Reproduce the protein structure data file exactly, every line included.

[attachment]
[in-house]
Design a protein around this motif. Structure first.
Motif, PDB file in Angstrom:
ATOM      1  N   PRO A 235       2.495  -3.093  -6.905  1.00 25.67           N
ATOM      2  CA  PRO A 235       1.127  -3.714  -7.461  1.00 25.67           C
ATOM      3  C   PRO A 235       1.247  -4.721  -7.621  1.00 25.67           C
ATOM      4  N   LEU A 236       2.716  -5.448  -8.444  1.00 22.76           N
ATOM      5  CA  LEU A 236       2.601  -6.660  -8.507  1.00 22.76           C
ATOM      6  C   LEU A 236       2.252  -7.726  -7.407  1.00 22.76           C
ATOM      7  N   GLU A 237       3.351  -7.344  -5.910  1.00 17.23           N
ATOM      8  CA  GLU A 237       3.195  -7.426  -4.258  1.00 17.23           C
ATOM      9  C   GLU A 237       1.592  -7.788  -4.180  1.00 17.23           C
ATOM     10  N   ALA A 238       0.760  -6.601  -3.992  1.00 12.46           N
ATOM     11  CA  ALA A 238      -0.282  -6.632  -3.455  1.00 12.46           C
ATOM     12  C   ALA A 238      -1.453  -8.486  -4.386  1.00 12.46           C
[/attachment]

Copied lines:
[in-house]
Design a protein around this motif. Structure first.
Motif, PDB file in Angstrom:
ATOM      1  N   PRO A 235       2.495  -3.093  -6.905  1.00 25.67           N
ATOM      2  CA  PRO A 235       1.127  -3.714  -7.461  1.00 25.67           C
ATOM      3  C   PRO A 235       1.247  -4.721  -7.621  1.00 25.67           C
ATOM      4  N   LEU A 236       2.716  -5.448  -8.444  1.00 22.76           N
ATOM      5  CA  LEU A 236       2.601  -6.660  -8.507  1.00 22.76           C
ATOM      6  C   LEU A 236       2.252  -7.726  -7.407  1.00 22.76           C
ATOM      7  N   GLU A 237       3.351  -7.344  -5.910  1.00 17.23           N
ATOM      8  CA  GLU A 237       3.195  -7.426  -4.258  1.00 17.23           C
ATOM      9  C   GLU A 237       1.592  -7.788  -4.180  1.00 17.23           C
ATOM     10  N   ALA A 238       0.760  -6.601  -3.992  1.00 12.46           N
ATOM     11  CA  ALA A 238      -0.282  -6.632  -3.455  1.00 12.46           C
ATOM     12  C   ALA A 238      -1.453  -8.486  -4.386  1.00 12.46           C